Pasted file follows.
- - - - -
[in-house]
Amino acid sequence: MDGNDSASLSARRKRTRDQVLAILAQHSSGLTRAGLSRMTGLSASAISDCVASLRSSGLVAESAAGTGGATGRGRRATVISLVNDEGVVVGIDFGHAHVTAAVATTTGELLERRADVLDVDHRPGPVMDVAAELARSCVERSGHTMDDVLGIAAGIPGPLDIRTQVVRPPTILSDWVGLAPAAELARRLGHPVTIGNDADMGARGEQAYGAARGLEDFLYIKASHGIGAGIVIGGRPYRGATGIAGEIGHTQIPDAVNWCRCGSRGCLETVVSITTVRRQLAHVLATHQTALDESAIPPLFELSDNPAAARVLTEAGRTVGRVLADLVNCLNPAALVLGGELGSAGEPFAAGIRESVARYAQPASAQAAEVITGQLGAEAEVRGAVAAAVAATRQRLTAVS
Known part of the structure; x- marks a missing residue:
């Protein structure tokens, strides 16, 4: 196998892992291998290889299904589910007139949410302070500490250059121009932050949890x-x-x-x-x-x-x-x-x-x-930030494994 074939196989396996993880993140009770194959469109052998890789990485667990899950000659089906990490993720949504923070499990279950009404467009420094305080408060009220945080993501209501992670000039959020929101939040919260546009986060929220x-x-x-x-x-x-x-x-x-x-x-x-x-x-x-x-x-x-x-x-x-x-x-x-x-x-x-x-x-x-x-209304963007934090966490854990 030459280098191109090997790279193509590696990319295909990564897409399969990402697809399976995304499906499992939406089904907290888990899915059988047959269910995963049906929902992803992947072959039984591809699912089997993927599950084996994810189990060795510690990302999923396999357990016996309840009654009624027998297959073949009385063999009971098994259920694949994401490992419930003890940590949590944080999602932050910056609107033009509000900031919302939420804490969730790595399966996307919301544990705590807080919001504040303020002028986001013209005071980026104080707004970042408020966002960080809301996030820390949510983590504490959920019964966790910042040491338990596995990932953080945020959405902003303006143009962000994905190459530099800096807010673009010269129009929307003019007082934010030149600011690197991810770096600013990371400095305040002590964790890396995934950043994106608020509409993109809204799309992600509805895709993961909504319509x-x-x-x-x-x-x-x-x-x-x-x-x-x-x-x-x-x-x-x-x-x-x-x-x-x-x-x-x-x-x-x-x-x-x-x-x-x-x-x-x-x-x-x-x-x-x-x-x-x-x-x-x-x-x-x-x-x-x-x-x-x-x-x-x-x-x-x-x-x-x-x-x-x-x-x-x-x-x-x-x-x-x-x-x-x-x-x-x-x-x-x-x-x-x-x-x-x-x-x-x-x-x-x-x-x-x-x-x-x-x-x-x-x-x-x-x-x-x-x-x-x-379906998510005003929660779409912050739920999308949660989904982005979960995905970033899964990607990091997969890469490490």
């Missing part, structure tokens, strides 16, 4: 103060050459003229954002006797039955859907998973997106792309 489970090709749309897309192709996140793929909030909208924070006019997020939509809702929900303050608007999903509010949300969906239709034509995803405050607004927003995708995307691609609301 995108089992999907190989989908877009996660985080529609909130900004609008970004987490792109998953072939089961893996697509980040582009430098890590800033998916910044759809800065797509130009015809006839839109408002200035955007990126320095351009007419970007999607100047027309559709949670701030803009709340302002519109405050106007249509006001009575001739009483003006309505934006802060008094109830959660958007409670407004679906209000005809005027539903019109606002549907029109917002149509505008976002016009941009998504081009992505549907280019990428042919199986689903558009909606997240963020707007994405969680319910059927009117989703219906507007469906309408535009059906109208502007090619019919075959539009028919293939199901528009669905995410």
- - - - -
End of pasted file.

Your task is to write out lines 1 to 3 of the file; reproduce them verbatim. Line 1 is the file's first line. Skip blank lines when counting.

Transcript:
[in-house]
Amino acid sequence: MDGNDSASLSARRKRTRDQVLAILAQHSSGLTRAGLSRMTGLSASAISDCVASLRSSGLVAESAAGTGGATGRGRRATVISLVNDEGVVVGIDFGHAHVTAAVATTTGELLERRADVLDVDHRPGPVMDVAAELARSCVERSGHTMDDVLGIAAGIPGPLDIRTQVVRPPTILSDWVGLAPAAELARRLGHPVTIGNDADMGARGEQAYGAARGLEDFLYIKASHGIGAGIVIGGRPYRGATGIAGEIGHTQIPDAVNWCRCGSRGCLETVVSITTVRRQLAHVLATHQTALDESAIPPLFELSDNPAAARVLTEAGRTVGRVLADLVNCLNPAALVLGGELGSAGEPFAAGIRESVARYAQPASAQAAEVITGQLGAEAEVRGAVAAAVAATRQRLTAVS
Known part of the structure; x- marks a missing residue: